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The United States Supreme Court

A battle over why American citizens aren’t allowed free speech on the plaza of the U.S. Supreme Court – the last defense of their constitutional rights – has been elevated to an appellate court.

Lawyers with the Rutherford Institute are asking the U.S. Court of Appeals for the District of Columbia Circuit to uphold a lower court ruling that declared the ban on expressive activity on the public plaza “repugnant” to the U.S. Constitution.

The case began Jan. 28, 2011, when Harold Hodge stood quietly in the plaza wearing a 24-inch by 36-inch sign that said: “The U.S. Gov. Allows Police To Illegally Murder And Brutalize African Americans And Hispanic People.”

Even though, Rutherford attorneys argued, the plaza is where the public gathers and converses, and “is in all relevant respects like a public square or park where citizens have traditionally met to express their views,” Hodge was arrested.

He was told he was violating the law and charged. His case was resolved when he stayed away from the court plaza as ordered.

When the subsequent challenge to the speech restriction arrived before U.S. District Judge Beryl Howell, the judge found that such limits are unconstitutional.

Howell said: “The absolute prohibition of expressive activity in the statute is unreasonable, substantially overbroad, and irreconcilable with the First Amendment. The court therefore must find the statute unconstitutional and void as applied to the Supreme Court plaza.”

Finding the restriction removed, the justices and court managers who work at the building struck back immediately. They installed within hours a new set of restrictive “regulations” specifying what can and cannot happen on the high court property, including the plaza.

Now, constitutional attorney John Whitehead, president of the Rutherford Institute, is asking the appeals court to affirm the decision by Howell. Whitehead said the district judge’s decision was a “frank, no-holds-barred ruling affirming the Supreme Court plaza as a free speech zone.”

Whitehead, author of “A Government of Wolves: The Emerging American Police State,” said there are “many things that are repugnant to the Constitution right now – mass surveillance of Americans, roadside strip searches, forcible DNA extractions, SWAT team raids, civil commitments for criticizing the government, etc. – but this ruling at least sends a message all is not lost as long as we still have some members of the judiciary who understand and abide by both the letter and the spirit of the rule of law, our U.S. Constitution.”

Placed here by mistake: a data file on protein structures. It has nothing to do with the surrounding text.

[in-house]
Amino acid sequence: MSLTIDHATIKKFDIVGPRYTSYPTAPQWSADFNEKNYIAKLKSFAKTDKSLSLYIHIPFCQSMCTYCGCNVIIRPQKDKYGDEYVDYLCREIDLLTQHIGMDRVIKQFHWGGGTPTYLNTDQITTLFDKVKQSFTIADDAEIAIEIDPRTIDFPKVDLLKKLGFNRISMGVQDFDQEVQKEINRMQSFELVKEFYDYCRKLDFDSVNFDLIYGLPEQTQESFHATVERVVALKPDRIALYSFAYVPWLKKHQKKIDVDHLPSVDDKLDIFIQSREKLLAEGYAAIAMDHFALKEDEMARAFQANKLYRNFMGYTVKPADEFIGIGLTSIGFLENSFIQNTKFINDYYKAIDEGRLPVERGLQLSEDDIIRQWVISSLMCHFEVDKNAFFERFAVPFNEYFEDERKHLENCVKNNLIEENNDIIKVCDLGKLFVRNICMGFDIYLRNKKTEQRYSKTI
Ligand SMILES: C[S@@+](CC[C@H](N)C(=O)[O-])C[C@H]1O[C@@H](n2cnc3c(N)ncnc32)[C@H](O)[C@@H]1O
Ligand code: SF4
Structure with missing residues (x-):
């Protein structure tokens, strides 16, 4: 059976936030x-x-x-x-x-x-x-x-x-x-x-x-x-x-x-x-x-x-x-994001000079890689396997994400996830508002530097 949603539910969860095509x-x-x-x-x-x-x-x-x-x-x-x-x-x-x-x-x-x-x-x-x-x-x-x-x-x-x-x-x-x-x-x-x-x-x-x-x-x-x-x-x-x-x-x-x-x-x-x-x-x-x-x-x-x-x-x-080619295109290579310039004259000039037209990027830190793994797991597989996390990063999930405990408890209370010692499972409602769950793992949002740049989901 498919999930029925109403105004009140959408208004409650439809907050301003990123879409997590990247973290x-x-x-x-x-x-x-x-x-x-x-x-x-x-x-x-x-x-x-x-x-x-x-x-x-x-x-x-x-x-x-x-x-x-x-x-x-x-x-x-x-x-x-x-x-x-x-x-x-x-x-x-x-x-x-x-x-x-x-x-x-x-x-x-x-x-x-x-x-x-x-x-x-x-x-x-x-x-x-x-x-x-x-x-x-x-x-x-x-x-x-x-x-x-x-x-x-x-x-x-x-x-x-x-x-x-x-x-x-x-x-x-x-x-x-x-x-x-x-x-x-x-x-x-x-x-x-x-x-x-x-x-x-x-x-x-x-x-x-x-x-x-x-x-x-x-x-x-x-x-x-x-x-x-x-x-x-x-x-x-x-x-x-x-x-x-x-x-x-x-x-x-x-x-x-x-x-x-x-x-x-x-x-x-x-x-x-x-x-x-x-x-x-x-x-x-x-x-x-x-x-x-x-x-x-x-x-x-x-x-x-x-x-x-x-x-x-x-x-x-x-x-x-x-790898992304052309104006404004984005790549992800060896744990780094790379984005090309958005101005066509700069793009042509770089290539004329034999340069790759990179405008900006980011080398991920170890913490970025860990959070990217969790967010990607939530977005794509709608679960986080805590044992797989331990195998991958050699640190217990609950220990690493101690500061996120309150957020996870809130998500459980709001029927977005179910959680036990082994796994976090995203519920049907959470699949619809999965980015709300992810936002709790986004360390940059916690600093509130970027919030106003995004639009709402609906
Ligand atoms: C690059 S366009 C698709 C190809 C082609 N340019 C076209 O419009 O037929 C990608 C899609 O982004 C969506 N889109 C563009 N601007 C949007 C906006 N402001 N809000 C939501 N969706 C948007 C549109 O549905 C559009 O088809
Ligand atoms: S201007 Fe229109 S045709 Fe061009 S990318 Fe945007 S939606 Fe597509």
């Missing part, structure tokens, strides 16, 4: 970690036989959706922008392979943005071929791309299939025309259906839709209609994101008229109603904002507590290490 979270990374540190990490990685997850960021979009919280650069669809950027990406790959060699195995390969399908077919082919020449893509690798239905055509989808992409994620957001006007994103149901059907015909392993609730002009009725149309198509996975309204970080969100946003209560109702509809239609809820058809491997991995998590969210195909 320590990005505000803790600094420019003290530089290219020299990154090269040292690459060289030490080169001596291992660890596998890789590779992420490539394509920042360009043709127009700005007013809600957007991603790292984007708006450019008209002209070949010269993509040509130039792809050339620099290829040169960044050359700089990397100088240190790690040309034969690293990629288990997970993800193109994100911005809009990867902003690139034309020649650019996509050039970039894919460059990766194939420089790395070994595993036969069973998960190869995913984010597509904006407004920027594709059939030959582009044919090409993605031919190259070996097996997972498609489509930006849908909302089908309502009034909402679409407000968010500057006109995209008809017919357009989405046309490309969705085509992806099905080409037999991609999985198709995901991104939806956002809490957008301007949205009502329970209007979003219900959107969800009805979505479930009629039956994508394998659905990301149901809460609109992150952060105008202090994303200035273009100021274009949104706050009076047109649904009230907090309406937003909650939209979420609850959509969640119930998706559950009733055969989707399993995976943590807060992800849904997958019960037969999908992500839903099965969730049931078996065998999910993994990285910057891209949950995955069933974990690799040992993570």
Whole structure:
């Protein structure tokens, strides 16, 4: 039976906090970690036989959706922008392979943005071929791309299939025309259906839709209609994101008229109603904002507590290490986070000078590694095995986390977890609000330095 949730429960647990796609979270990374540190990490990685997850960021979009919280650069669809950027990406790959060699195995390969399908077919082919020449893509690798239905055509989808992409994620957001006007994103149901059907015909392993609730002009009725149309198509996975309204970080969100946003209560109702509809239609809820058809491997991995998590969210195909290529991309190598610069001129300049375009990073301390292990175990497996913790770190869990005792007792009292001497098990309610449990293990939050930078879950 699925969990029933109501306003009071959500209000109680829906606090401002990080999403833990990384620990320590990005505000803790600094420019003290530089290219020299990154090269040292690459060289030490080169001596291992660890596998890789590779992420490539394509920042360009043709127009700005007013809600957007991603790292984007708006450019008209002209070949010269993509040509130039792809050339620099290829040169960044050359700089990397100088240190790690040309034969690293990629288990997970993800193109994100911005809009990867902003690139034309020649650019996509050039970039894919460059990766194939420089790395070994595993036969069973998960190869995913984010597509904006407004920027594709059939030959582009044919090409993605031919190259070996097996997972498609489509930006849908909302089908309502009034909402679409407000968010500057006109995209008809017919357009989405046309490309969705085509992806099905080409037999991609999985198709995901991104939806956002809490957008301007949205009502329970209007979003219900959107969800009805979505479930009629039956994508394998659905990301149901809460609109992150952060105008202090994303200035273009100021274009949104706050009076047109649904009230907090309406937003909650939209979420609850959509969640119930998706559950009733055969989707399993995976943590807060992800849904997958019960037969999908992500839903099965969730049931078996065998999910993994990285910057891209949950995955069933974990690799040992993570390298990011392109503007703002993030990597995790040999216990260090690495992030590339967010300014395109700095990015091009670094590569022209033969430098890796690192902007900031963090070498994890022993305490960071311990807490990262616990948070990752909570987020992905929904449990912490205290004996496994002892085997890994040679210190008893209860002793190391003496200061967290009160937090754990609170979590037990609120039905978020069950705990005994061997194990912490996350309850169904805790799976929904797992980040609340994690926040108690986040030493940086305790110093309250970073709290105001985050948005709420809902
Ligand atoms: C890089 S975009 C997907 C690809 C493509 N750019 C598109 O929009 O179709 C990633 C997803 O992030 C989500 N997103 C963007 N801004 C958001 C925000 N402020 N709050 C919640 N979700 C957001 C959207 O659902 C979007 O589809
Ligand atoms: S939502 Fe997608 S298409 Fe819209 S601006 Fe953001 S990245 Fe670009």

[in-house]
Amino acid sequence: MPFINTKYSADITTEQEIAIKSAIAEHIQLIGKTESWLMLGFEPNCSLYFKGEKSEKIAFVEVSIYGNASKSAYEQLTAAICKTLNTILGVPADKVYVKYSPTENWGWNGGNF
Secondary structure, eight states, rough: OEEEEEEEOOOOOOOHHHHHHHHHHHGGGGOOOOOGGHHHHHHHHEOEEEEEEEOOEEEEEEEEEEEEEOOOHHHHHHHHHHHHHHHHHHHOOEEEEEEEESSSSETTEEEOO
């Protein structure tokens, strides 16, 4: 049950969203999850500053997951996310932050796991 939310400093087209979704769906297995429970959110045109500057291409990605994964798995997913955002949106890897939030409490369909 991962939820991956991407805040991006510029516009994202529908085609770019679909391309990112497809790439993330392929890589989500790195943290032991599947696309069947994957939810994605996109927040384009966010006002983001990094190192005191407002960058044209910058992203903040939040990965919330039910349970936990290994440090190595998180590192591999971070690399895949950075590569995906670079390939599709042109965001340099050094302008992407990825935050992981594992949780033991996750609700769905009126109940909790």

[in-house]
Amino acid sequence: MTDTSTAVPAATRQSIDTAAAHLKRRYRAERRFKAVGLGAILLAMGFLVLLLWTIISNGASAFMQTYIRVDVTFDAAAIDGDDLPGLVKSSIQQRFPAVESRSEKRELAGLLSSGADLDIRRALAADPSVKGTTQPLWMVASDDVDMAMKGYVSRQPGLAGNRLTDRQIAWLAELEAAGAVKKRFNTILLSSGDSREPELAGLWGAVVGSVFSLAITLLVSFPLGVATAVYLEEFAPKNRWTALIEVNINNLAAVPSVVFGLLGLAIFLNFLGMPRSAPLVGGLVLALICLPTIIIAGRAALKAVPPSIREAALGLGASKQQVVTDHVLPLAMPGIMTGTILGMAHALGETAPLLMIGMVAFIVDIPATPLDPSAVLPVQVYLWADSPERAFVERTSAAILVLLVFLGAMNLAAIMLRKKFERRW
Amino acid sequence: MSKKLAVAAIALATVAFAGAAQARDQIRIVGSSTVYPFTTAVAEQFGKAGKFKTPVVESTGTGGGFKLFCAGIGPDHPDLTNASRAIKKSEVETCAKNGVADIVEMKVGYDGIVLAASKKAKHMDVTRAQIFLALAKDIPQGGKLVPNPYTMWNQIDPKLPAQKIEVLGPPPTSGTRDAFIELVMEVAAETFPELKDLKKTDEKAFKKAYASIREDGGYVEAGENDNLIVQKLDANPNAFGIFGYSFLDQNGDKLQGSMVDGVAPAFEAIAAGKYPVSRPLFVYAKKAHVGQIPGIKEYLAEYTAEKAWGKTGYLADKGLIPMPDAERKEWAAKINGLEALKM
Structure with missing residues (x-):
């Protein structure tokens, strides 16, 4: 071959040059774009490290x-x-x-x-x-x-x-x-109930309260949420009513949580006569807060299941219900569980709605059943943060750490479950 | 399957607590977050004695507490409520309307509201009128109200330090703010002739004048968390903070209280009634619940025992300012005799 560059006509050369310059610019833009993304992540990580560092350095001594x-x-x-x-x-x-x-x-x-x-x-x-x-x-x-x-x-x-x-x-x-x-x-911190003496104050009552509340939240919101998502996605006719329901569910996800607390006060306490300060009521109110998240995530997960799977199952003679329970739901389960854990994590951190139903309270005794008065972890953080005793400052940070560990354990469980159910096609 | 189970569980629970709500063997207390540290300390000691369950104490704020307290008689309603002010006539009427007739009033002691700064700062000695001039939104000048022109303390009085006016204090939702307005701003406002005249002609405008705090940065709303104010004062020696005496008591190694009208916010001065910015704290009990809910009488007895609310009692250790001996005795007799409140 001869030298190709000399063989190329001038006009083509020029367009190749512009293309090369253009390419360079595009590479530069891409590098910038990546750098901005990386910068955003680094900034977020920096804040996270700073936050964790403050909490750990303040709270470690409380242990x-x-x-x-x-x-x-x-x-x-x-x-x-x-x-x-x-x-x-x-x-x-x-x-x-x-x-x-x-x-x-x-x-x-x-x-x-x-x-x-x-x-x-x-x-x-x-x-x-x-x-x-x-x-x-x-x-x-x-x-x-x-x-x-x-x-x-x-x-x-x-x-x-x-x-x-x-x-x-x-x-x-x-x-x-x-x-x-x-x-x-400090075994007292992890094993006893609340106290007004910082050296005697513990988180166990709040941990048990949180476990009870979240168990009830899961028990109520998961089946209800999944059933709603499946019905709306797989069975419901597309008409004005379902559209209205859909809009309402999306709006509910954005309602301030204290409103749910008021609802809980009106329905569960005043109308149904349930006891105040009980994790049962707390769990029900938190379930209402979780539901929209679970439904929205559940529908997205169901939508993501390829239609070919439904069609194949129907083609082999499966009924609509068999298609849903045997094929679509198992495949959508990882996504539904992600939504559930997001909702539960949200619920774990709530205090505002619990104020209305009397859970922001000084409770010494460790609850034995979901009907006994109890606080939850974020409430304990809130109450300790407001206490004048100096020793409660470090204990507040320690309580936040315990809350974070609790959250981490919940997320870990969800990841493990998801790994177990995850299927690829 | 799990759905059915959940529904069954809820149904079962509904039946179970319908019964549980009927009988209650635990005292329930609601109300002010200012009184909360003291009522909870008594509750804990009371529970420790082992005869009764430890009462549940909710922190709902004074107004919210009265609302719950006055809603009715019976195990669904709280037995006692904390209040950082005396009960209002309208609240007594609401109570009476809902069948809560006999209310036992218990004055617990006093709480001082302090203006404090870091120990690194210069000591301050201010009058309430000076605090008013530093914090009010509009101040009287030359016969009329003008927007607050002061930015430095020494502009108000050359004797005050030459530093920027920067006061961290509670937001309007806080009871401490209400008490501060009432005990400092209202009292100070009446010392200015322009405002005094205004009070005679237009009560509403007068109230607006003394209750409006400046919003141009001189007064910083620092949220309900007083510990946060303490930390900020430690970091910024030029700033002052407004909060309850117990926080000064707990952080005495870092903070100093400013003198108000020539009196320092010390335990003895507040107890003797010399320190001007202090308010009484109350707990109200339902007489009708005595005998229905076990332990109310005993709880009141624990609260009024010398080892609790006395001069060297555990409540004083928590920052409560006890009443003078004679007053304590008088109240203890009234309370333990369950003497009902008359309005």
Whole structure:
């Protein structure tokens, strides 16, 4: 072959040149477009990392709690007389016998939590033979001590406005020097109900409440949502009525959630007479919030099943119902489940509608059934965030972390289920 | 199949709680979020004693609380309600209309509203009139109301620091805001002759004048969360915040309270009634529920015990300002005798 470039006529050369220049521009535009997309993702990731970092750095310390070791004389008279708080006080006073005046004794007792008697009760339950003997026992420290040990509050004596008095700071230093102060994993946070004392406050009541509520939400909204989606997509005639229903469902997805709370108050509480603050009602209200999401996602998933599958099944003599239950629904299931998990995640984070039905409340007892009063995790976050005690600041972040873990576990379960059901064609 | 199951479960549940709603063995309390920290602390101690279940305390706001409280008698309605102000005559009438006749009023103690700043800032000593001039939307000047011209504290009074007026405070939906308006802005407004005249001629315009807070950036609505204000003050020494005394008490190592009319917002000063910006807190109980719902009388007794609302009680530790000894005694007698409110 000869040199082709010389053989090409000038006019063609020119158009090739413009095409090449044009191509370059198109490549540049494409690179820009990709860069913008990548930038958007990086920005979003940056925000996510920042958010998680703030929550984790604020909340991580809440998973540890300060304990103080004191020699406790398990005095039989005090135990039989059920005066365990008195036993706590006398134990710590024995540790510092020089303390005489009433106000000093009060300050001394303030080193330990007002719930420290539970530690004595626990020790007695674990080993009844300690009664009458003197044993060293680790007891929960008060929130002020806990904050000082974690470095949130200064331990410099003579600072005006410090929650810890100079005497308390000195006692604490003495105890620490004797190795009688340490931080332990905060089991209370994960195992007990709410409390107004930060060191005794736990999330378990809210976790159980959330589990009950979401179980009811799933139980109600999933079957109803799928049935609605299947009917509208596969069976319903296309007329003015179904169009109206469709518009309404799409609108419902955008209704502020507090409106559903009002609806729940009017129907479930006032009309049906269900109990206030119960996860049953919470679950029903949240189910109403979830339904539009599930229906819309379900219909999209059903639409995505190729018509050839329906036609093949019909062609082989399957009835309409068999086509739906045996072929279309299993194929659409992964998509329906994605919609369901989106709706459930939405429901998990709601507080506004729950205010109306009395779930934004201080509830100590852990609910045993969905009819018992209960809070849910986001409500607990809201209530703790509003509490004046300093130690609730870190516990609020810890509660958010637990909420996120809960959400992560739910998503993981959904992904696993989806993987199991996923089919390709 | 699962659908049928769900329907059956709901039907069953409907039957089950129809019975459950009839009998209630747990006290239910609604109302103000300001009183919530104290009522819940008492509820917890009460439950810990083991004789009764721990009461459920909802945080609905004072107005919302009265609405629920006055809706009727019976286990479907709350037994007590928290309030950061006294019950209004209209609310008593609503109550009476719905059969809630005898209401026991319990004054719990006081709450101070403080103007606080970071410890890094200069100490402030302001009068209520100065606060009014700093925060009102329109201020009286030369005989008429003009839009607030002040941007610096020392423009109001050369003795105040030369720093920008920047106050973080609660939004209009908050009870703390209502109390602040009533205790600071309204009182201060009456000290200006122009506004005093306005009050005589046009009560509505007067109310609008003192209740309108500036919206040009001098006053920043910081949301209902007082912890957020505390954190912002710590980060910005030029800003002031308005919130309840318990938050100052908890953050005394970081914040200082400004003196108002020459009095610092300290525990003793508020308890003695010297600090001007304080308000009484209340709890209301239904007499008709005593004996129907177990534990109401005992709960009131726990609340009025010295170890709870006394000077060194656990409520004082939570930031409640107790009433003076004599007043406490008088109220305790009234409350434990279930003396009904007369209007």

When the previous rules were struck down, the high court posted online an announcement that it was imposing a regulation that bans activities on the court’s grounds or building such as picketing, speech-making, marching, vigils or religious services “that involve the communication or expression of views or grievances, engaged in by one or more persons, the conduct of which is reasonably likely to draw a crowd or onlookers.”

A separate lawsuit is challenging the decision by court administrators, whose actions were rubber-stamped by Chief Justice John Roberts.

See a video report on the original dispute:

Now in a brief filed at the Court of Appeals, Rutherford Institute attorneys are arguing for Americans’ rights to expression on the court plaza.

The original limit must “be struck down because its absolute prohibition on expressive conduct is unreasonable and prohibits a substantial amount of protected activity,” the brief argues.

“Expressive activity is not incompatible with the design and function of the Supreme Court plaza, which should be deemed a public forum,” the attorneys contend.

While the restriction is intended to preserve “the integrity and dignity of the court,” the limits actually do the opposite, because such an “enforced silence … would probably engender resentment, suspicion, and contempt much more than it would enhance respect.”

The plaza, after all, the brief argues, is a large open area like a park, with benches and fountains, where “members of the public are permitted to enter and leave … at practically all times.”

Routinely, news conferences and other “events” related to the court cases are held there, the brief says.

Rutherford previously noted that the message of Hodge’s sign was correct, citing statistics that show black males are more than one-third of prisoners in state and federal lockups, even though they make up only 10 percent of the population.

And beyond that, Hodge “has a right to be out there,” Whitehead said.

Whitehead said the whole idea of a zone without free speech violates the constitutional concept of being able to “petition our leaders.”

Howell concluded the limit at the Supreme Court was based on a similar earlier law that was used to protect the U.S. Capitol. However, that law already has been declared unconstitutional.

“Given that the challenged statute was rooted directly in the Capitol Grounds statute, which was ruled unconstitutional, and is clearly relevant here, the court takes judicial notice of this history,” the judge said.

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